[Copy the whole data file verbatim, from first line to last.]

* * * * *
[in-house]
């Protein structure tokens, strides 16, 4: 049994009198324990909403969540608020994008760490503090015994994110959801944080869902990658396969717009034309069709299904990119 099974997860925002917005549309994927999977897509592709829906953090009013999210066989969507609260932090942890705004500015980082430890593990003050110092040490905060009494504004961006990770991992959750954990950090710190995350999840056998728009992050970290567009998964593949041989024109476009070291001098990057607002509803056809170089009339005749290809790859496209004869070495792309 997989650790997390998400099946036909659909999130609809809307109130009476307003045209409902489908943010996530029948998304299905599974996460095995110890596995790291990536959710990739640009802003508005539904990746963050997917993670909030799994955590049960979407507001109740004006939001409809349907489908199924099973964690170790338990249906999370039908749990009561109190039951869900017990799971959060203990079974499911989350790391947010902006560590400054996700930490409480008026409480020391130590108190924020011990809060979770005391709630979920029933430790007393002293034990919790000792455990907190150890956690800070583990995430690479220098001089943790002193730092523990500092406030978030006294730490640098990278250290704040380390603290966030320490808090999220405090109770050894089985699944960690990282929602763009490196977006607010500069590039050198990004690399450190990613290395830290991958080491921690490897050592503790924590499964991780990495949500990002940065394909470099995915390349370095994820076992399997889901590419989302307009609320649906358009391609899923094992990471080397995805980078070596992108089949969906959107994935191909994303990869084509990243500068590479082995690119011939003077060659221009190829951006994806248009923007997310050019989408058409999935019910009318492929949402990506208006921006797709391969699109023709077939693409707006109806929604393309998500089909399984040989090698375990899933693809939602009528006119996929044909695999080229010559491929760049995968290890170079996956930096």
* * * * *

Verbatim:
[in-house]
């Protein structure tokens, strides 16, 4: 049994009198324990909403969540608020994008760490503090015994994110959801944080869902990658396969717009034309069709299904990119 099974997860925002917005549309994927999977897509592709829906953090009013999210066989969507609260932090942890705004500015980082430890593990003050110092040490905060009494504004961006990770991992959750954990950090710190995350999840056998728009992050970290567009998964593949041989024109476009070291001098990057607002509803056809170089009339005749290809790859496209004869070495792309 997989650790997390998400099946036909659909999130609809809307109130009476307003045209409902489908943010996530029948998304299905599974996460095995110890596995790291990536959710990739640009802003508005539904990746963050997917993670909030799994955590049960979407507001109740004006939001409809349907489908199924099973964690170790338990249906999370039908749990009561109190039951869900017990799971959060203990079974499911989350790391947010902006560590400054996700930490409480008026409480020391130590108190924020011990809060979770005391709630979920029933430790007393002293034990919790000792455990907190150890956690800070583990995430690479220098001089943790002193730092523990500092406030978030006294730490640098990278250290704040380390603290966030320490808090999220405090109770050894089985699944960690990282929602763009490196977006607010500069590039050198990004690399450190990613290395830290991958080491921690490897050592503790924590499964991780990495949500990002940065394909470099995915390349370095994820076992399997889901590419989302307009609320649906358009391609899923094992990471080397995805980078070596992108089949969906959107994935191909994303990869084509990243500068590479082995690119011939003077060659221009190829951006994806248009923007997310050019989408058409999935019910009318492929949402990506208006921006797709391969699109023709077939693409707006109806929604393309998500089909399984040989090698375990899933693809939602009528006119996929044909695999080229010559491929760049995968290890170079996956930096």